A Bunch of Black Holes Are Mysteriously Vomiting Up Radio Jets in One Direction
The "bizarre" alignment was probably caused by fluctuations in the primordial matter of the early universe.
Black holes constantly spew out jets of radio emissions, but they’ve never been known to do so in unison. That’s why it was so puzzling when researchers at the University of Cape Town and the University of the Western Cape noticed a bunch of supermassive black holes in a distant region of the universe that all seemed to spin out their radio jets in the same direction. The phenomenon, which has never been observed before, left the scientists scratching their heads.
The researchers, who just published their findings in the Monthly Notices of the Royal Astronomical Society, hadn’t been looking for the black holes. They’d simply been carrying out a three-year-long deep radio imaging survey of the distant region known as ELAIS-N1 to explore faint radio sources in the universe using the South African MeerKAT radio telescope and the Square Kilometre Array, one of the biggest scientific instruments in the world. But when they noticed the mysteriously aligned jets, they knew they’d come across something strange.
The only way the radio jets of multiple black holes could align is if they were all spinning in the same direction. But all of the black holes were formed from individual stars too far apart to have influenced each other’s alignment. The force governing them had to be much greater — and older.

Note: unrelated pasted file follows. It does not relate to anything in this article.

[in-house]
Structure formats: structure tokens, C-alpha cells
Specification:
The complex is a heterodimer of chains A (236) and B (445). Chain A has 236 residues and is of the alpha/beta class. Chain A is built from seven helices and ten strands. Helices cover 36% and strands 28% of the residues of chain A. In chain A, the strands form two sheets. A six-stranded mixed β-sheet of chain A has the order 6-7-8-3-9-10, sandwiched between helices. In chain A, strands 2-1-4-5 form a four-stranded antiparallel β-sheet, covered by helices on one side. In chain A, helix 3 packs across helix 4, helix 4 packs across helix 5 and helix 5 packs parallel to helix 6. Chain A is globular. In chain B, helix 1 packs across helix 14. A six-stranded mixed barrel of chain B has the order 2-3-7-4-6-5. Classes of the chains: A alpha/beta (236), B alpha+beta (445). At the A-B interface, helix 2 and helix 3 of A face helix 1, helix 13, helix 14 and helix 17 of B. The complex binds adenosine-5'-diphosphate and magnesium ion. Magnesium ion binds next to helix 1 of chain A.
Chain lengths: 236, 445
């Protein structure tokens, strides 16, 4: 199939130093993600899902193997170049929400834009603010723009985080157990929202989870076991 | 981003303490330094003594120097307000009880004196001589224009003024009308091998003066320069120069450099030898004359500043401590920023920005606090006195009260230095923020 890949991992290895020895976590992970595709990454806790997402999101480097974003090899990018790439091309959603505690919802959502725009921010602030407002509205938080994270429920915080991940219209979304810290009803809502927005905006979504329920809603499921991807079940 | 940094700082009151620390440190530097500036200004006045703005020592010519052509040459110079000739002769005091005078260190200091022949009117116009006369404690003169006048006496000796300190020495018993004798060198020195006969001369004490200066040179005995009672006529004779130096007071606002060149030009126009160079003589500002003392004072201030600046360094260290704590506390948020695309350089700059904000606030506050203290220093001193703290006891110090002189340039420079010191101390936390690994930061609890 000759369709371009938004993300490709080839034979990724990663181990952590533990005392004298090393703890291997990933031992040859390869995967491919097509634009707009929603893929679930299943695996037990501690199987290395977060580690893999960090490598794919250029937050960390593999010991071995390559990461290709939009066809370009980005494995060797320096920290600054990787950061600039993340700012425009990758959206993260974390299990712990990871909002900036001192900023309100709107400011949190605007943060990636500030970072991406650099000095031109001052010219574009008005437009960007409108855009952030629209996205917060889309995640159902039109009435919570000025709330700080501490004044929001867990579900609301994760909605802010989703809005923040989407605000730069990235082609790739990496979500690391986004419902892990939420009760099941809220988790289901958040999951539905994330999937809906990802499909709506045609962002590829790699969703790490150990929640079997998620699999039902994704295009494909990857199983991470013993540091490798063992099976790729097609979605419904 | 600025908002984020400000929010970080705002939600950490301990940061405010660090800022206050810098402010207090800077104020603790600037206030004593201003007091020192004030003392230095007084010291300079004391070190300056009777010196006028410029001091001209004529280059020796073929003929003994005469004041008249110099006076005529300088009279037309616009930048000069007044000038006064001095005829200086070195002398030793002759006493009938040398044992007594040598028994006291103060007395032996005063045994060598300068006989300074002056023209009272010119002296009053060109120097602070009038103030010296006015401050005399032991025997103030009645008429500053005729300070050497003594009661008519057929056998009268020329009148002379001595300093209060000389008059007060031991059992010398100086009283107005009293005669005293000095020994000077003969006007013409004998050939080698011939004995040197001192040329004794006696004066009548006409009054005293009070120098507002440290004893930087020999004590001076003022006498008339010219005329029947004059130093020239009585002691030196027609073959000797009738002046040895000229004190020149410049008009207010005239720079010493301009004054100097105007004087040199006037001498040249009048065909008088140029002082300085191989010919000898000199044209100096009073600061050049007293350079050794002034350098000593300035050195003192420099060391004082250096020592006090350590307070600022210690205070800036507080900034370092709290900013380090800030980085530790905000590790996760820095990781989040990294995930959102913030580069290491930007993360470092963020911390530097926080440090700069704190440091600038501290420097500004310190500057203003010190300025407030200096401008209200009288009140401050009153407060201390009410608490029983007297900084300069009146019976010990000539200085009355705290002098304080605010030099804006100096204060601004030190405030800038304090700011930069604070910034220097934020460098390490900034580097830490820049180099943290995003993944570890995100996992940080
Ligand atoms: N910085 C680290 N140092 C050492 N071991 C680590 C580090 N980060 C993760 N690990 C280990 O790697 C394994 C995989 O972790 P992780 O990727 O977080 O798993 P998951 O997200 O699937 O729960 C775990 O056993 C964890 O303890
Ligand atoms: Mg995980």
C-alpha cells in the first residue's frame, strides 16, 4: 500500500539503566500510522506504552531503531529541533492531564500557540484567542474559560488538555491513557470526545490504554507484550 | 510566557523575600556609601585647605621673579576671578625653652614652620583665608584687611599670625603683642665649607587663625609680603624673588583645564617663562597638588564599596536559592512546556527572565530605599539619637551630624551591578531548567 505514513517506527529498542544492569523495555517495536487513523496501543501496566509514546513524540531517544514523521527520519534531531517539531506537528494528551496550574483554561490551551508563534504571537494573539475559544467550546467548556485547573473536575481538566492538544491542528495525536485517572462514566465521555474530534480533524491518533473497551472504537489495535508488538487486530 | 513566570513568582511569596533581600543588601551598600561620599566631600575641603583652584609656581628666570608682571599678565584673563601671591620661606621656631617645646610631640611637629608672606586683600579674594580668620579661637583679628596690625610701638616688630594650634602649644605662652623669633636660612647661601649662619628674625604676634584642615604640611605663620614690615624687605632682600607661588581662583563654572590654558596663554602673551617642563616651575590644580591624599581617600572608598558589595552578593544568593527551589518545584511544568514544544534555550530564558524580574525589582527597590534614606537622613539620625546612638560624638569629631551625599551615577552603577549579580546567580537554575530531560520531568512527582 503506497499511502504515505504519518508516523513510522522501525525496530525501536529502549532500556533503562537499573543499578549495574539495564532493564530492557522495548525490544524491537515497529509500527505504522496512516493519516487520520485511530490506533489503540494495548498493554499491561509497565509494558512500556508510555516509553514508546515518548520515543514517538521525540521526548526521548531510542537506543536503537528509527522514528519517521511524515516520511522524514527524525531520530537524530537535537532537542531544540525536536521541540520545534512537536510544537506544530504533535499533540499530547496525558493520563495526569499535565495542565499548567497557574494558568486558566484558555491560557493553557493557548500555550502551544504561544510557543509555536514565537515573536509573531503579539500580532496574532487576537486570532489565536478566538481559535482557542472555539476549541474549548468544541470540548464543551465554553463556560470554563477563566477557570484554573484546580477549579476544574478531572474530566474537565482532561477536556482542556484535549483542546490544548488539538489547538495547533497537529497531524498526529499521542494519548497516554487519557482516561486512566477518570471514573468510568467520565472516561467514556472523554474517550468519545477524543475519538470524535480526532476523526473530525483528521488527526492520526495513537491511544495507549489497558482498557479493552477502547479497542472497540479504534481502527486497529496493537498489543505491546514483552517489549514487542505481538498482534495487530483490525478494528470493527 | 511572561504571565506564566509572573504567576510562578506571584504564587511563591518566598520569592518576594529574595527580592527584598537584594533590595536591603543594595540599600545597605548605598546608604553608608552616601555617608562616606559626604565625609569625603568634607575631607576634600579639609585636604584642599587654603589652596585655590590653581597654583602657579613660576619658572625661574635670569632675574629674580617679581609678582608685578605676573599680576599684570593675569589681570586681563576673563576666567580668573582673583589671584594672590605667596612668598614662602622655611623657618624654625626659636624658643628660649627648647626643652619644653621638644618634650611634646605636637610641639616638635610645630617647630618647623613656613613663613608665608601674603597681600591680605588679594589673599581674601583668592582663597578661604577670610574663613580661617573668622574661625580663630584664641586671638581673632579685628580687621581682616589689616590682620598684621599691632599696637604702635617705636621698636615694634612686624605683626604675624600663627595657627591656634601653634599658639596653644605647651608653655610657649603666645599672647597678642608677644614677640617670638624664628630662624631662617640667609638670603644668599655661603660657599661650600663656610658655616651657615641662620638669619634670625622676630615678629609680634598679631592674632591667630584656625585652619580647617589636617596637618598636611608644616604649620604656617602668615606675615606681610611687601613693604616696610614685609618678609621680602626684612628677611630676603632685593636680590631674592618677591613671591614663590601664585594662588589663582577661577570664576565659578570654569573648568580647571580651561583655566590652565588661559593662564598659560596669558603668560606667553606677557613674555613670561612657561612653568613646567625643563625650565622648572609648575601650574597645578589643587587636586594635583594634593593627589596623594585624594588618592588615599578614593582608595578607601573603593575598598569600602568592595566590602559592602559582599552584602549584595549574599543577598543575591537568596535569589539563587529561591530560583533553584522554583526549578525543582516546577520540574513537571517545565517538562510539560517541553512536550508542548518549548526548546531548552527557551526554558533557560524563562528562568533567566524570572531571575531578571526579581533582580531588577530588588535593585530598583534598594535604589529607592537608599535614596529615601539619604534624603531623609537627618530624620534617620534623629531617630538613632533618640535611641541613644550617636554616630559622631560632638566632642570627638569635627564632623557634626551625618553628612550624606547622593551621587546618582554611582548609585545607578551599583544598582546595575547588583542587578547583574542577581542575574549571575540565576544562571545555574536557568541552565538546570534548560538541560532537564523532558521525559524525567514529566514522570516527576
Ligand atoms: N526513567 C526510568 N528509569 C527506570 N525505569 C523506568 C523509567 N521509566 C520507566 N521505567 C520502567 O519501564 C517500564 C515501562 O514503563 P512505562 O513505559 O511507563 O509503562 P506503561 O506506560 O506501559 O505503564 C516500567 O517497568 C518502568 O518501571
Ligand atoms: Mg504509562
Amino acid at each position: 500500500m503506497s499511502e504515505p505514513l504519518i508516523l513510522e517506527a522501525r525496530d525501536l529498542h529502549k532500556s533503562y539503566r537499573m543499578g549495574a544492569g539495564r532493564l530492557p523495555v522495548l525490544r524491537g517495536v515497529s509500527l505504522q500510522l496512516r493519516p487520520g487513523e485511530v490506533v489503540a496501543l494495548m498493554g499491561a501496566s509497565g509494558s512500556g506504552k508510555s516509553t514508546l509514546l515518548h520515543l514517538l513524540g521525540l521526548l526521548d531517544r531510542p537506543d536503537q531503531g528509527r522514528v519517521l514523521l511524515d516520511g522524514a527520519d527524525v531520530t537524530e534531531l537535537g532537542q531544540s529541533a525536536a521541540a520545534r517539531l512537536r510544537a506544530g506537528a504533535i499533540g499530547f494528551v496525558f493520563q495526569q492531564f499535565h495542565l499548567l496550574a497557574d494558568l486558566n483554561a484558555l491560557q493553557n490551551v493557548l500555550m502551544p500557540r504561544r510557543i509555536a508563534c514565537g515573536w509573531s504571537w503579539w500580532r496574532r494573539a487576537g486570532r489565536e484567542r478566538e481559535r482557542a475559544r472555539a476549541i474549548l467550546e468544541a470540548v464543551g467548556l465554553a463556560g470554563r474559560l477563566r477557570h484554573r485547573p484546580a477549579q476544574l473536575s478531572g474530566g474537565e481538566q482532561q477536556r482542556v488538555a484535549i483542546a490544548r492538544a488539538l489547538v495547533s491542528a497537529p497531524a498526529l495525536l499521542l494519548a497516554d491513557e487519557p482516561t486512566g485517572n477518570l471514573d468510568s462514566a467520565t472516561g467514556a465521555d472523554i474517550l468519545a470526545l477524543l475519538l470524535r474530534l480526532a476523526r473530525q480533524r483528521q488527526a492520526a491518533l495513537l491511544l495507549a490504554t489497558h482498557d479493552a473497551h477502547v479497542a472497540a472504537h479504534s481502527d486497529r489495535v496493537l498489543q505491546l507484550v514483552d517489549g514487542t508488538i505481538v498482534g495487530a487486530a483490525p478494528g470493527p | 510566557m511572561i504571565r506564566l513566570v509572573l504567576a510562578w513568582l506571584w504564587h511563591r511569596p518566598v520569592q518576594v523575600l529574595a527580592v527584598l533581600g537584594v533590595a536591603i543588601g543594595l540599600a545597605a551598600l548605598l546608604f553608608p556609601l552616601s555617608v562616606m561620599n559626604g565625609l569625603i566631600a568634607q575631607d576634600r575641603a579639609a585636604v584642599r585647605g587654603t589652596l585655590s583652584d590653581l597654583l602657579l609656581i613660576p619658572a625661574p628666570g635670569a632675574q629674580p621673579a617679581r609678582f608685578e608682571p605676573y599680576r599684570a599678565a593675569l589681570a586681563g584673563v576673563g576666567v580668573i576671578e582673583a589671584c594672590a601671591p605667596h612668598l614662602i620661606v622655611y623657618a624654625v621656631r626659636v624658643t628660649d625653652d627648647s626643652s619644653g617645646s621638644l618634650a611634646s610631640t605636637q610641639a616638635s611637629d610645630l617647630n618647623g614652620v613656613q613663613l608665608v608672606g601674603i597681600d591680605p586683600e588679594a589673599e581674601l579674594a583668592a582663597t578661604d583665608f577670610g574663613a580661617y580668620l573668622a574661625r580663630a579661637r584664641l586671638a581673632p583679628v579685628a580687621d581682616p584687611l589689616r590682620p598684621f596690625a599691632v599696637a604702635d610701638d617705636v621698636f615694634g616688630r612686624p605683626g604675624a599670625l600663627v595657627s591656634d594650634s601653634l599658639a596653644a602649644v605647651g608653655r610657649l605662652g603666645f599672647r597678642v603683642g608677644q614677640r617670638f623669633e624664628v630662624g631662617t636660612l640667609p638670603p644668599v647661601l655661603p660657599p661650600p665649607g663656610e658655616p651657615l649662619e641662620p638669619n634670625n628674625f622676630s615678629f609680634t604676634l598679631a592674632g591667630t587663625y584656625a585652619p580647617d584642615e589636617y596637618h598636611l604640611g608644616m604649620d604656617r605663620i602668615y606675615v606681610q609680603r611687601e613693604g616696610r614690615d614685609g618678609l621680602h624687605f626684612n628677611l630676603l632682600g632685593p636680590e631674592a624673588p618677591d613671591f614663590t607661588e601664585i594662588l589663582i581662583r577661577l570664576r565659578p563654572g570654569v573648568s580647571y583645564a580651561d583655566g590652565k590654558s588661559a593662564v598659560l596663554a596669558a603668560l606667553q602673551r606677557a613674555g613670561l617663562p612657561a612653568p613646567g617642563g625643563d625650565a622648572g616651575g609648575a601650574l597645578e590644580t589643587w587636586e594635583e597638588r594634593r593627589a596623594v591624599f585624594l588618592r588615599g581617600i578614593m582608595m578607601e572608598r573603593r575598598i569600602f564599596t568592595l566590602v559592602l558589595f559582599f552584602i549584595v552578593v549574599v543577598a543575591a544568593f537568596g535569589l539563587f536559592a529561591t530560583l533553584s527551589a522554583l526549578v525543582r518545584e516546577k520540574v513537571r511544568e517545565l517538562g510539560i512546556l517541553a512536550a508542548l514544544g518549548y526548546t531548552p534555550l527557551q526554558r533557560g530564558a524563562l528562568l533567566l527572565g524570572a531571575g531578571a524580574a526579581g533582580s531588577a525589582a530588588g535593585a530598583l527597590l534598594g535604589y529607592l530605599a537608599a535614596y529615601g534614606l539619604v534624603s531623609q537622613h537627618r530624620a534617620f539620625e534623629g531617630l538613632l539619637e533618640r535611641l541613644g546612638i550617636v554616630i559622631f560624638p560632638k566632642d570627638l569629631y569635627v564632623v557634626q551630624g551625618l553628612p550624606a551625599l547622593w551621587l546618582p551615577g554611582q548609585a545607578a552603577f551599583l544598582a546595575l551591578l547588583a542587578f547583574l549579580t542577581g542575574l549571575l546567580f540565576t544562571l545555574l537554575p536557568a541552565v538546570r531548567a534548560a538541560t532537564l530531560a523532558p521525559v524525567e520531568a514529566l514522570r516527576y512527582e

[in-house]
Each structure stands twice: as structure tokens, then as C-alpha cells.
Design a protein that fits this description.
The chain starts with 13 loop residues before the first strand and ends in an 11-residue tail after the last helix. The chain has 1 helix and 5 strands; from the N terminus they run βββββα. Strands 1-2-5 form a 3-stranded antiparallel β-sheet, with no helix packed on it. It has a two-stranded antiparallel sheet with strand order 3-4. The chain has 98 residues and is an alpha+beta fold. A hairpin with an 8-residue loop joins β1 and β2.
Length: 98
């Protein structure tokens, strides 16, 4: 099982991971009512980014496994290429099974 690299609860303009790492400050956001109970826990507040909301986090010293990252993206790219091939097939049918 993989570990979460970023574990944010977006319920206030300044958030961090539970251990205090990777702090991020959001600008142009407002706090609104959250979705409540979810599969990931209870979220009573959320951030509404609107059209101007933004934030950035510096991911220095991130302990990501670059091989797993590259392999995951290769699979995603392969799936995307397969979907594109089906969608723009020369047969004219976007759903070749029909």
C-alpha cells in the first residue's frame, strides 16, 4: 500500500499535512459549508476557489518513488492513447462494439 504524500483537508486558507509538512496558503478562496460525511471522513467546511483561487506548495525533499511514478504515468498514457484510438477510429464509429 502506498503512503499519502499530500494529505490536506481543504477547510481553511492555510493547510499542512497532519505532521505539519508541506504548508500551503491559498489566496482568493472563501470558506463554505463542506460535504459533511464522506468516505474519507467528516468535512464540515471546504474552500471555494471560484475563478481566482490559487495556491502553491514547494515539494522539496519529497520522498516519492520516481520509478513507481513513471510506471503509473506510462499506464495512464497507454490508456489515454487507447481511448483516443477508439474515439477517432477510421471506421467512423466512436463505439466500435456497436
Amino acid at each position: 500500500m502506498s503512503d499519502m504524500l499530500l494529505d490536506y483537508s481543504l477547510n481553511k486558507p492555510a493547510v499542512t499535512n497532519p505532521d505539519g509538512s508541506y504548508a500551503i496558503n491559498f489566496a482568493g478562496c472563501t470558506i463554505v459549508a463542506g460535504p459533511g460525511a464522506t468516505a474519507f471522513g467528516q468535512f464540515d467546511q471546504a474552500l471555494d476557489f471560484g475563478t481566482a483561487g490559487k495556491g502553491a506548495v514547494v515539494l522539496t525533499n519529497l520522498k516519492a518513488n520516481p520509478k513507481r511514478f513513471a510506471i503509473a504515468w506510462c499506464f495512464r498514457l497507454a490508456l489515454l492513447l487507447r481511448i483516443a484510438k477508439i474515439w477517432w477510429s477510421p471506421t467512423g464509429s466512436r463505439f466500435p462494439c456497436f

Explaining his findings in a release, the study’s principal author Andrew Russ Taylor, Ph.D., explained that the alignment of the black holes is probably caused by an overall spin in the structure of this region of space, triggered by fluctuations of primordial matter in the early universe, way before galaxies even formed.
”Since these black holes don’t know about each other, or have any way of exchanging information or influencing each other directly over such vast scales, this spin alignment must have occurred during the formation of the galaxies in the early universe,” he said.
Explaining what caused those original fluctuations in that region of space is another mystery altogether. The authors speculate that they could have been triggered by large-scale environmental influences such as cosmic magnetic fields, cosmic strings, or even fields associated with “exotic particles” such as axions.
Romeo Dave, Ph.D., another radio emission specialist not involved in the study, admitted in a release that the finding has taken the cosmology community by surprise.
”This is not obviously expected based on our current understanding of cosmology,” he said. “It’s a bizarre finding.”